Judge allows money from Arizona opioid settlement to go to state prisons • Arizona Mirror

Judge allows money from Arizona opioid settlement to go to state prisons • Arizona Mirror

Judge allows money from Arizona opioid settlement to go to state prisons • Arizona Mirror

A Maricopa County judge ruled Monday that Arizona can spend opioid settlement money on state prisons, ending a high-profile dispute between Gov. Katie Hobbs, Attorney General Kris Mayes and Republican legislative leaders.

At stake was $115 million that was transferred to the Department of Corrections, Rehabilitation and Reentry in the new state budget. Republican lawmakers and Hobbs approved the plan after months of behind-the-scenes negotiations over how to close a $1.4 billion deficit. The move was heavily criticized by Mayes, who accused them of illegally using settlement funds to fill budget holes and repeatedly warned that he would take them to court for it.

Mayes argued that the money, which is part of a national settlement agreement with pharmaceutical companies and pharmacy operators including Walgreens and CVS, is strictly intended for opioid remediation, such as education, prevention or treatment efforts. She warned that using it to remedy the budget deficit would jeopardize future disbursements. Arizona is expected to receive more than 1.1 billion dollars over 18 years.

Just two days after Hobbs signed the budgetMayes requested and won a temporary restraining order freeze the transfer of funds.

But during a hearing Monday, Maricopa County Superior Court Judge John Hannah dissolved that restraining order, saying that There is no evidence yet that the money will be used in a way that conflicts with the settlement agreement.. The budget specifies that the Department of Corrections must use the funds to address the effects of opioid addiction and expenditures must comply with the terms of the agreement.


“The state department of corrections will use the money only for past and current department costs for care, treatment, programs and other expenses for individuals with opioid use disorder and any substance use disorder or co-occurring mental health conditions or for any other approved purpose. as prescribed by a court order,” reads the underlying budget bill.

However, Hannah left one avenue of recourse open: If the funds are ultimately spent for unauthorized purposes, Mayes will have grounds to file a lawsuit to recover the money.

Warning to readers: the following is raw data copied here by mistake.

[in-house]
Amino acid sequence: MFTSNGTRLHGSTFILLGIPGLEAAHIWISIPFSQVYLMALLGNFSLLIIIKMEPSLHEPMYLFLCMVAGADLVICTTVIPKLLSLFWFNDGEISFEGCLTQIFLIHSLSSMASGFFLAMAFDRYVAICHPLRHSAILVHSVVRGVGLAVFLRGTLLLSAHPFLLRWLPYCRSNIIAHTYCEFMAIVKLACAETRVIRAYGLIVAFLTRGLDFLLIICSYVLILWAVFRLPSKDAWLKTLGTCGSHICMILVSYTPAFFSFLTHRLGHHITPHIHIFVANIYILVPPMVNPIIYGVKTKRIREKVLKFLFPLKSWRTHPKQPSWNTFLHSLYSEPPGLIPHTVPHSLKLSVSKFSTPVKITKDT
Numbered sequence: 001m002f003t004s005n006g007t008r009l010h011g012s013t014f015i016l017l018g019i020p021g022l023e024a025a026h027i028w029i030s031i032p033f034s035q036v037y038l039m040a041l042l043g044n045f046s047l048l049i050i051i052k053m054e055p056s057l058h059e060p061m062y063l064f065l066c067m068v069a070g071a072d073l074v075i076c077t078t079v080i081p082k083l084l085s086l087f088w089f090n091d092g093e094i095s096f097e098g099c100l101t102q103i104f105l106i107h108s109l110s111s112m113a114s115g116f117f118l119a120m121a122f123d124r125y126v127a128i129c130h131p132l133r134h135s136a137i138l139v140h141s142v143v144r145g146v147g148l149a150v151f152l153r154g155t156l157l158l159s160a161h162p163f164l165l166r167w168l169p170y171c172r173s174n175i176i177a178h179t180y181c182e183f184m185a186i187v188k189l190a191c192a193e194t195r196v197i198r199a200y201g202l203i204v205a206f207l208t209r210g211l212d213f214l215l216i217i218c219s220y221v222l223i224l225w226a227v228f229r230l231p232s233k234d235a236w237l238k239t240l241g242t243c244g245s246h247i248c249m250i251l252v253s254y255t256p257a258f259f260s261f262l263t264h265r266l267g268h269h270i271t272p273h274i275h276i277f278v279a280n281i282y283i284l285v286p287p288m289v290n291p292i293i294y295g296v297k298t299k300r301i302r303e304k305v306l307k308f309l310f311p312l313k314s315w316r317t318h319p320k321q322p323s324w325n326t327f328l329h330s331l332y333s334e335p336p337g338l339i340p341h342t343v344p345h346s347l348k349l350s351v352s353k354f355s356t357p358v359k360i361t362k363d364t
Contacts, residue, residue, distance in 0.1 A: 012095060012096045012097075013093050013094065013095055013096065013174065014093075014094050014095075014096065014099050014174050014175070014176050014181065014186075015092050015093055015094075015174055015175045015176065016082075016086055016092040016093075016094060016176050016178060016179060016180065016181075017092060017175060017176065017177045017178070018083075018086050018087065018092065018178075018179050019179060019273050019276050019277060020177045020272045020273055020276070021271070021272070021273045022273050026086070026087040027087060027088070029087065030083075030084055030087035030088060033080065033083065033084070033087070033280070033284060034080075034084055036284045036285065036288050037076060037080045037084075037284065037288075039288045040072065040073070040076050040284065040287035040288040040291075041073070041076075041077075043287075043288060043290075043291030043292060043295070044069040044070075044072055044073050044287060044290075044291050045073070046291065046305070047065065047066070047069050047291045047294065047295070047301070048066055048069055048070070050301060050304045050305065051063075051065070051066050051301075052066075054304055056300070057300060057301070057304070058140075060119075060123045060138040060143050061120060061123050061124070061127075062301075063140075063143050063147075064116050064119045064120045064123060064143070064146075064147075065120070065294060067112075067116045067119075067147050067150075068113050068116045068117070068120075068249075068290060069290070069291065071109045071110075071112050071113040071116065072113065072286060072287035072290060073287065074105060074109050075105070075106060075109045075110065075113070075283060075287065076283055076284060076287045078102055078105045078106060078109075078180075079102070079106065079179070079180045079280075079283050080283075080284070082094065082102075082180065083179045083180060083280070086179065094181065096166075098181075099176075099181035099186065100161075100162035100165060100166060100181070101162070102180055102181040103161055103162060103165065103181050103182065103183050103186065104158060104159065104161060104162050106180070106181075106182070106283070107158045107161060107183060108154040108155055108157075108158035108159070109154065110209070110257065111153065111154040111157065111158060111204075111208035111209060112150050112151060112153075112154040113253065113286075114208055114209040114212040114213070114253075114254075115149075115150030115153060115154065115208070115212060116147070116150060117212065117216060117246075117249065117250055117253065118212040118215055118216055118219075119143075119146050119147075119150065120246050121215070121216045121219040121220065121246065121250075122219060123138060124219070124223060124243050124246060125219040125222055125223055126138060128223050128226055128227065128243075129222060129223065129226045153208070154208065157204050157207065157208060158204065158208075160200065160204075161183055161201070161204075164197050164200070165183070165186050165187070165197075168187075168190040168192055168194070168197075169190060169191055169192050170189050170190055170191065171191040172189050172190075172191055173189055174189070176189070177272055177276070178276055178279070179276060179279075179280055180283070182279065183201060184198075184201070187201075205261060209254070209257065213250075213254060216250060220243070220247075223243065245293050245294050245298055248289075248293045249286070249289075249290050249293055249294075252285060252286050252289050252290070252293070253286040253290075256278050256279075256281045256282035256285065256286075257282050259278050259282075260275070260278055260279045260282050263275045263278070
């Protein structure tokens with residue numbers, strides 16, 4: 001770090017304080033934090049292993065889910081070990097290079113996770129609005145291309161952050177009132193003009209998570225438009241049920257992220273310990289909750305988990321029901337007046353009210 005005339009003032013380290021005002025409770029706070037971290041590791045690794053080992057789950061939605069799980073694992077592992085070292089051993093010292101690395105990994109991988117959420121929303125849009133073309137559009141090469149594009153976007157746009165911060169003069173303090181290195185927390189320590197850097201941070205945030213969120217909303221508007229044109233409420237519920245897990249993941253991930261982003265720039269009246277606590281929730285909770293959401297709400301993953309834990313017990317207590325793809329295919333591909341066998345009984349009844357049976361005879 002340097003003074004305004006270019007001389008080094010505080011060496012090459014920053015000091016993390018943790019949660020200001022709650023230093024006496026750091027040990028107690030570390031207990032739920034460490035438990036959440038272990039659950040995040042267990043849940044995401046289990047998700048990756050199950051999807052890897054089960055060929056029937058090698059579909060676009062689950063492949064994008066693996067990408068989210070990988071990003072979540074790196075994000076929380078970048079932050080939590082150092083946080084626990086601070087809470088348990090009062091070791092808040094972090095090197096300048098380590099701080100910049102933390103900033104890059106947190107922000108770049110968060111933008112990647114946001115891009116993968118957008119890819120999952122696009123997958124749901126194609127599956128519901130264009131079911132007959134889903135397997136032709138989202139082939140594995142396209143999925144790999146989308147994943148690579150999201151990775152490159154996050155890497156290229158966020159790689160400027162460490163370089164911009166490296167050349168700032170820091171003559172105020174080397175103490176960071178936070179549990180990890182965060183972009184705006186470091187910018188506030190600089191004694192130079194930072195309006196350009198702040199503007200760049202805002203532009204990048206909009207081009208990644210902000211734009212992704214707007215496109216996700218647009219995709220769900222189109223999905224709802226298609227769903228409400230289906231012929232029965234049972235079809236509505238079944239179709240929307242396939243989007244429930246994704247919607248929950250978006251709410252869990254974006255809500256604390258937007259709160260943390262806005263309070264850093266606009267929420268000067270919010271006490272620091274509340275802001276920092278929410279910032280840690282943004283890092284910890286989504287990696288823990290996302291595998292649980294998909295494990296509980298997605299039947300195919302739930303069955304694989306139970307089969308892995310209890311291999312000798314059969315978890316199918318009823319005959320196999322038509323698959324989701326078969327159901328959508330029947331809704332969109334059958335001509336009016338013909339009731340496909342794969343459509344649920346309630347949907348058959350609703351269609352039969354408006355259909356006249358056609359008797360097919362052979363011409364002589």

In an emailed statement, Mayes said he still believes the move to “sweep” the funds is wrong and will focus on ensuring the money is spent correctly.

“I will be closely monitoring every penny of ADCRR spending. “I also believe this move puts future settlement payments at very real risk,” he said. “But the people who really lost here are the countless Arizonans who are on the front lines of this crisis, particularly in rural Arizona, whose needs have been ignored by the Governor and GOP legislative leaders.”

Meanwhile, Hobbs and GOP legislative leaders were quick to criticize Mayes’ failed attempt to stop the transfer.

“The Attorney General is flat-out wrong on the law and mischaracterized opioid funding in the bipartisan budget. The ruling is correct,” said Hobbs spokesman Christian Slater. “Governor Hobbs is a social worker who secured a bipartisan deal to treat victims of the opioid crisis and will continue to defend that funding.”

“This was a frivolous case brought by the Attorney General,” echoed Senate President Warren Petersen. “Facts matter. Laws matter. And our taxpayers are better served when our elected officials uphold the rule of law. “Once again, I appreciate that we have checks and balances to ensure this principle is upheld.”

House Speaker Ben Toma said he was “pleased” with the judge’s decision and hoped the funds would have an impact on Arizona’s prison system.

“The funds will now be spent lawfully by the Department of Corrections, as provided in the budget and to help people affected by opioids,” he said in an emailed statement.